The 1st chapter in "Made to Stick" by Chip Heath and Dan Heath talks about one of the key elements of making a message stick: simplicity.
Simplicity: find the core of the idea.
Some of the ideas mentioned in this chapter:
Commander's Intent (CI): In the military, it's "a crisp, plain-talk statement that appears at the top of every order, specifying the plan's goal, and the desired end-state of an operation."
Finding the core=stripping an idea down to its most critical essence. You not only have to weed out the superfluous and the tangential, but also the things that are really important, but just aren't the most important idea. The value of the CI is its singularity.
In journalism, reporters know not to bury the lead. The first sentence of the article, called the lead, contains the most essential elements of the story. After the lead, information is presented in decreasing order of importance. This is known as the "inverted pyramid" structure. This is great for readers. No matter what the reader's attention span--whether just reading the lead or the entire article--the inverted pyramid maximizes the information gleaned. Finding the core--writing the lead--creates forced prioritization. If you can only send one line before the line is cut, what do you send?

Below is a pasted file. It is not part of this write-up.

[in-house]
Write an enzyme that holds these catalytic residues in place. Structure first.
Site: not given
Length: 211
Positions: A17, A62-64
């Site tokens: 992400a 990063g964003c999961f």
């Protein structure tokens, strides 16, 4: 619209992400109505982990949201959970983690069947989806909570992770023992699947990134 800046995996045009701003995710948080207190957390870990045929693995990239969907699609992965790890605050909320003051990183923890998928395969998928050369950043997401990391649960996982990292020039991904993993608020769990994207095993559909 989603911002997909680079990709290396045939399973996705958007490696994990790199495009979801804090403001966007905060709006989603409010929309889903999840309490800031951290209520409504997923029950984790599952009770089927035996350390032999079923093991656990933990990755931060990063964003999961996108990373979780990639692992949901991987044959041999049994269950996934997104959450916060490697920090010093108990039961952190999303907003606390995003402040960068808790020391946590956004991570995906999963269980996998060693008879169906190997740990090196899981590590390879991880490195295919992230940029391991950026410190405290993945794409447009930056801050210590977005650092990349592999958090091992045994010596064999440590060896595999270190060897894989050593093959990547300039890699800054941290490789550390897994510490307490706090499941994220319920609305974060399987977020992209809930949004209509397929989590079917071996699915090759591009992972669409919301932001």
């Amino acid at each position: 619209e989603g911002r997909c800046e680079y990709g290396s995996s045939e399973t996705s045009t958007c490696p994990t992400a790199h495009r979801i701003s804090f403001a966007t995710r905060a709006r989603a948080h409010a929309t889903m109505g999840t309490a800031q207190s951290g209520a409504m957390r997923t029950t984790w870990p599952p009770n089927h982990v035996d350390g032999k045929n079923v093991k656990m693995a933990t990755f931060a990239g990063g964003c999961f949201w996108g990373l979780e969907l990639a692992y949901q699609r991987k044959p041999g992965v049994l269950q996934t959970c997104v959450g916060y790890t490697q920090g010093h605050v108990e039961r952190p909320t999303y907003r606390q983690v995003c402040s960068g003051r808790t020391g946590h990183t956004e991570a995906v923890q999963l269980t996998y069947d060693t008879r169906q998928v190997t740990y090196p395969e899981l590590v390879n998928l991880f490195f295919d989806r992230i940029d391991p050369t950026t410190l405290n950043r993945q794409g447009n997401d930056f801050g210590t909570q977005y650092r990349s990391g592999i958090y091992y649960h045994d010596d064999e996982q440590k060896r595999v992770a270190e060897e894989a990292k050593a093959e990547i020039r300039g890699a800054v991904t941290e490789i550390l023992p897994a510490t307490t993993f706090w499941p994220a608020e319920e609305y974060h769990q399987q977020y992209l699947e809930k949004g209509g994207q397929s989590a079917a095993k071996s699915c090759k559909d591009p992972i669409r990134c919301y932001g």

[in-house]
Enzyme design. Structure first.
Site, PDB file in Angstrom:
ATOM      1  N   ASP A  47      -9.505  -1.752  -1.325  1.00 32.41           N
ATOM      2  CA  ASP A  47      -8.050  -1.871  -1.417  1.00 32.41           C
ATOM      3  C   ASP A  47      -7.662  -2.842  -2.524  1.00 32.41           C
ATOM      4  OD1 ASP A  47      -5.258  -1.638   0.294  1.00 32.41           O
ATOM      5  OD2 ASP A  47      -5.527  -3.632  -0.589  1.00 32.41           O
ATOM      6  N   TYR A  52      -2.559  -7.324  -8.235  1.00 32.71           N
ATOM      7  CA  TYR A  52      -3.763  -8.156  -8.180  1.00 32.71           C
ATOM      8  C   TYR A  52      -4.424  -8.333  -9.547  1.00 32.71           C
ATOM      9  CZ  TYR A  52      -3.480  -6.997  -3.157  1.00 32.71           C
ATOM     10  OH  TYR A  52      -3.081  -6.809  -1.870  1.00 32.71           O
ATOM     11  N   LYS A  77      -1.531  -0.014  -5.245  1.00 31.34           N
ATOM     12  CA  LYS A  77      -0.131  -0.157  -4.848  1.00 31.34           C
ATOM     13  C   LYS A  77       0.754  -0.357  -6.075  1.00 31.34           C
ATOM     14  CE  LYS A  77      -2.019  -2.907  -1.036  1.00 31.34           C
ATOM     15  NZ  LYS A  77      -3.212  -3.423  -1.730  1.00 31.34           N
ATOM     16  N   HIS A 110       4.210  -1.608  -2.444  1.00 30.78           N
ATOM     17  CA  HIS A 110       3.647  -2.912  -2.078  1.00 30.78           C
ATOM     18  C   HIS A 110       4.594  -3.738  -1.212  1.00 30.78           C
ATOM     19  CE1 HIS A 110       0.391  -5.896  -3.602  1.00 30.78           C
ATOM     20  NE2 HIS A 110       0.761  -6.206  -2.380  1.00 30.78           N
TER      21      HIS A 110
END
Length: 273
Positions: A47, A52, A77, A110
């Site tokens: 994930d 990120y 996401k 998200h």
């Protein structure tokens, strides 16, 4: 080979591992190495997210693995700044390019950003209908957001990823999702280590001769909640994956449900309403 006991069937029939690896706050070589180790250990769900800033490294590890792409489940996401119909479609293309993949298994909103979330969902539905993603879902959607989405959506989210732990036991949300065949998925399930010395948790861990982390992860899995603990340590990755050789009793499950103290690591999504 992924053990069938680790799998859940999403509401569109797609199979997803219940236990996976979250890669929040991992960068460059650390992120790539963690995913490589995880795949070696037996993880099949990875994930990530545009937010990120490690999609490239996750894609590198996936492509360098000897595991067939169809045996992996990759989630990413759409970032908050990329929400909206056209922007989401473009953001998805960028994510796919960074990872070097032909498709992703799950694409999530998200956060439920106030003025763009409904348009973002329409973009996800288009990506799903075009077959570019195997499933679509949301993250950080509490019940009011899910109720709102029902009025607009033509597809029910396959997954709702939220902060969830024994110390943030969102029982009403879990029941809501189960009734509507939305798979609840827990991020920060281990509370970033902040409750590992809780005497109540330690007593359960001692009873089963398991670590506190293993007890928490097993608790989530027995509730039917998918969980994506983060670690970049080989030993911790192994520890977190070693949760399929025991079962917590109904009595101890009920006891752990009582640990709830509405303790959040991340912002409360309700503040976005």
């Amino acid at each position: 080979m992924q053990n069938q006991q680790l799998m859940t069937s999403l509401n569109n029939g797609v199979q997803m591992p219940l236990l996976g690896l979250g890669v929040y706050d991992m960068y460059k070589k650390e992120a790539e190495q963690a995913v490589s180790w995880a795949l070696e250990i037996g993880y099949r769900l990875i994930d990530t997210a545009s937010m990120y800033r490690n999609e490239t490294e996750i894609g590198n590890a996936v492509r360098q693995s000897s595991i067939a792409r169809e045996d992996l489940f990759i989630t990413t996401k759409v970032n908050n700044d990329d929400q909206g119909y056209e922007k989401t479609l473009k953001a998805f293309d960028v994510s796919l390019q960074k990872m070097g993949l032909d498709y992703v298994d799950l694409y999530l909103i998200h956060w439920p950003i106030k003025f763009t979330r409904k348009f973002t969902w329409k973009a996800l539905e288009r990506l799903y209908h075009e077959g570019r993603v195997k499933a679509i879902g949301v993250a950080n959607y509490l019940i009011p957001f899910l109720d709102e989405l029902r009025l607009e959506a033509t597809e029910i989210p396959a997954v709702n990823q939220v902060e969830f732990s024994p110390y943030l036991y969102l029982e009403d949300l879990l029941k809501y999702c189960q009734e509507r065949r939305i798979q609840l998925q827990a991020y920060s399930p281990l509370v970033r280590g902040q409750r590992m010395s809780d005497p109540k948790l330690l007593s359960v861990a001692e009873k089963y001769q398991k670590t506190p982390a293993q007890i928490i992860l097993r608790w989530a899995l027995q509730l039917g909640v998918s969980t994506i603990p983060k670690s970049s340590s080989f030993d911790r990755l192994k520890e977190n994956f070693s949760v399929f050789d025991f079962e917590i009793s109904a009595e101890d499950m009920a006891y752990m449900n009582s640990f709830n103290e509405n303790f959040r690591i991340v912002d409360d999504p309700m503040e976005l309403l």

Great simple ideas have an elegance and a utility that makes them function a lot like proverbs. Short sentences (compact) drawn from long experiences (core).